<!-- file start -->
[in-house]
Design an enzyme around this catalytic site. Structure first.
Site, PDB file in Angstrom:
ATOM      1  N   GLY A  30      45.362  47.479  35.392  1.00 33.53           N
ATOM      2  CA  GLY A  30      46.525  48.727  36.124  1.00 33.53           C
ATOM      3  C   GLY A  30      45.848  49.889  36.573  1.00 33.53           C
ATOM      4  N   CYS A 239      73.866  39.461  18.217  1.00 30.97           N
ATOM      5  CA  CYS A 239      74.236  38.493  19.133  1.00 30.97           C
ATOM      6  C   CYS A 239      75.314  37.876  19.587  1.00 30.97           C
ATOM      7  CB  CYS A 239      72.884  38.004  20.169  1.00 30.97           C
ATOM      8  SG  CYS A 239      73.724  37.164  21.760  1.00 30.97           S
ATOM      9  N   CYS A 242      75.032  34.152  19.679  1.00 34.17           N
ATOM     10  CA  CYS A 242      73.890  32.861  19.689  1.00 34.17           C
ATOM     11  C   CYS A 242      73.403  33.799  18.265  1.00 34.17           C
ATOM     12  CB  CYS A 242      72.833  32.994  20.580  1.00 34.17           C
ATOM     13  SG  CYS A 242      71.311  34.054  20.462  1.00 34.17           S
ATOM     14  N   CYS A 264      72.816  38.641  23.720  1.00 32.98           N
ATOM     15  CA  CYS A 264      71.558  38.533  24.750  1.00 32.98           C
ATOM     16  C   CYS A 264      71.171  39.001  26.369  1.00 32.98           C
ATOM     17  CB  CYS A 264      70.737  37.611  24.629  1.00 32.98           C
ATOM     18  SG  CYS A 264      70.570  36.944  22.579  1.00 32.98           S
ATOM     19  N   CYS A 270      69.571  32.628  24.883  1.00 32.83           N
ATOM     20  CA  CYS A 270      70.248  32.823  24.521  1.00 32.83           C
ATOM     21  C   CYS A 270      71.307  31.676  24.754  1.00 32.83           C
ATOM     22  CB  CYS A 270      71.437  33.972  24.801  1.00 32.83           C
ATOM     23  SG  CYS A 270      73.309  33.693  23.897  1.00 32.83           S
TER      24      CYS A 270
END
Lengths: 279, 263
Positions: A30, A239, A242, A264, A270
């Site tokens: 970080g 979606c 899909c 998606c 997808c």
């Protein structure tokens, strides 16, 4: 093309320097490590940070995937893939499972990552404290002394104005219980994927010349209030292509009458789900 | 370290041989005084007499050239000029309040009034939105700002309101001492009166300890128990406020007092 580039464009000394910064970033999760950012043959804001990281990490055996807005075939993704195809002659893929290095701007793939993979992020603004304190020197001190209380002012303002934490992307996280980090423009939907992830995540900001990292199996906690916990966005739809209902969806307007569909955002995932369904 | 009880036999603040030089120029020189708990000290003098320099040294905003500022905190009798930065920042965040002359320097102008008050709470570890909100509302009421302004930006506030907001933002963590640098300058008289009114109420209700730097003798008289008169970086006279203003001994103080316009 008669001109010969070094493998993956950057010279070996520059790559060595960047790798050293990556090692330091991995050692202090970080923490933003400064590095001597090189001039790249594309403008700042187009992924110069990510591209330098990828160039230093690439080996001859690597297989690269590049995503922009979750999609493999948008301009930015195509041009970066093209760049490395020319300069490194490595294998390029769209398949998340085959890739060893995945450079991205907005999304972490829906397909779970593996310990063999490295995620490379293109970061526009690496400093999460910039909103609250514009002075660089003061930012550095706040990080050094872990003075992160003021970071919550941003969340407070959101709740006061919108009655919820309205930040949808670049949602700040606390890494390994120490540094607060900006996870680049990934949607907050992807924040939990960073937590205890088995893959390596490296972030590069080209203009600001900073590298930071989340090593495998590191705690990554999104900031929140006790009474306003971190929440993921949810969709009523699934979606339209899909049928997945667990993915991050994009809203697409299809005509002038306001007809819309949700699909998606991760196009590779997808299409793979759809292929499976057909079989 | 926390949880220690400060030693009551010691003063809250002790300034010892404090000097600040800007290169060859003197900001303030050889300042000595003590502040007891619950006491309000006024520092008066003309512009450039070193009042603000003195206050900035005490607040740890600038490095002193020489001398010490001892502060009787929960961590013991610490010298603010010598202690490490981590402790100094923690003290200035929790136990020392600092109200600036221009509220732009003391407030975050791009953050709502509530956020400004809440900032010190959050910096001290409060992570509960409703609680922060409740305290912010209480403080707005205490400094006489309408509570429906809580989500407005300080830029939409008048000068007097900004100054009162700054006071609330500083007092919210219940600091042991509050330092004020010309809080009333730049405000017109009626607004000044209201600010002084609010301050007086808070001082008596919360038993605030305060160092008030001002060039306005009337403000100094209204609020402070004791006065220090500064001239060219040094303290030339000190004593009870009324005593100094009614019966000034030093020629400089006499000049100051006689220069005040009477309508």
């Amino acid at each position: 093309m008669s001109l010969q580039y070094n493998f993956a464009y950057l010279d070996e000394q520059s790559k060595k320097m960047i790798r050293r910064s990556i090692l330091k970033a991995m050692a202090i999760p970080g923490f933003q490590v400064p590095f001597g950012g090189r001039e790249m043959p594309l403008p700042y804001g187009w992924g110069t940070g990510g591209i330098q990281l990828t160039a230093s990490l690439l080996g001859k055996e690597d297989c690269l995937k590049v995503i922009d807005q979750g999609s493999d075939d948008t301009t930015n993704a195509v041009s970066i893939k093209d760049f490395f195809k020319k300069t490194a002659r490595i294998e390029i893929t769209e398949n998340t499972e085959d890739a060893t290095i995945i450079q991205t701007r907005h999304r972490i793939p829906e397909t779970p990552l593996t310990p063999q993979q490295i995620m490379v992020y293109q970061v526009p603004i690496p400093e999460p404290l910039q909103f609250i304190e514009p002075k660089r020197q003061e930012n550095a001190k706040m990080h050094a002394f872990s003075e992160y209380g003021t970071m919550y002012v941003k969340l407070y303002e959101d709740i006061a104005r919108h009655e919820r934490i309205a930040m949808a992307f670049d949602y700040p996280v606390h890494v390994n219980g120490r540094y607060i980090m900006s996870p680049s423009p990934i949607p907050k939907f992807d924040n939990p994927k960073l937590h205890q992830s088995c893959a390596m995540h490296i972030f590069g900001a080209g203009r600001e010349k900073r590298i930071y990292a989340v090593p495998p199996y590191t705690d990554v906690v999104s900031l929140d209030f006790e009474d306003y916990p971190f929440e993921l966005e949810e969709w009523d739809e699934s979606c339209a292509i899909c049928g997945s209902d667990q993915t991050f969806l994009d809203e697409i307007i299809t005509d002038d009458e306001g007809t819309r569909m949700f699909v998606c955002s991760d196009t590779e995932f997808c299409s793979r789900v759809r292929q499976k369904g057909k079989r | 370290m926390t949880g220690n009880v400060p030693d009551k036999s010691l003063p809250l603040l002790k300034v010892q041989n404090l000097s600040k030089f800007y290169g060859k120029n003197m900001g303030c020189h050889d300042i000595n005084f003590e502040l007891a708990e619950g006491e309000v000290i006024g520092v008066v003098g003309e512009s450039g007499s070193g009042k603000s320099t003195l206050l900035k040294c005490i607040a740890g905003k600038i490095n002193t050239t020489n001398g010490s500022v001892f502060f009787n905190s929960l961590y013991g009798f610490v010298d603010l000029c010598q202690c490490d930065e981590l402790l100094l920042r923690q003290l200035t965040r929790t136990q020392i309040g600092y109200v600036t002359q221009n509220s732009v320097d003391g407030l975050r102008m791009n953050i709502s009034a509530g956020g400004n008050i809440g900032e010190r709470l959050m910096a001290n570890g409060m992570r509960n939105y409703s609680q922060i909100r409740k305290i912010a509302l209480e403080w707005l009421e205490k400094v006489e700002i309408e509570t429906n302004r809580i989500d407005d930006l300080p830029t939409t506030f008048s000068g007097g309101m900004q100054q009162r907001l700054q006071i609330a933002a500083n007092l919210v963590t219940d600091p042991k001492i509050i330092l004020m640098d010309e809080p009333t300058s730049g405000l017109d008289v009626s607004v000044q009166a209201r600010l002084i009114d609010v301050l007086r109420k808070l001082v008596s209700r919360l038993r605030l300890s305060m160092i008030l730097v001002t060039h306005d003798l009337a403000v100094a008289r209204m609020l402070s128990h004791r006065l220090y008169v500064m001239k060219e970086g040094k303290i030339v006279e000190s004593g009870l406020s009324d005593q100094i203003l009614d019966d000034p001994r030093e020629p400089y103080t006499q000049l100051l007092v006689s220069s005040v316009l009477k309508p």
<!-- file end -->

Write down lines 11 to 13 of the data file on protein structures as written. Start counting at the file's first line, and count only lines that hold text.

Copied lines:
ATOM      8  SG  CYS A 239      73.724  37.164  21.760  1.00 30.97           S
ATOM      9  N   CYS A 242      75.032  34.152  19.679  1.00 34.17           N
ATOM     10  CA  CYS A 242      73.890  32.861  19.689  1.00 34.17           C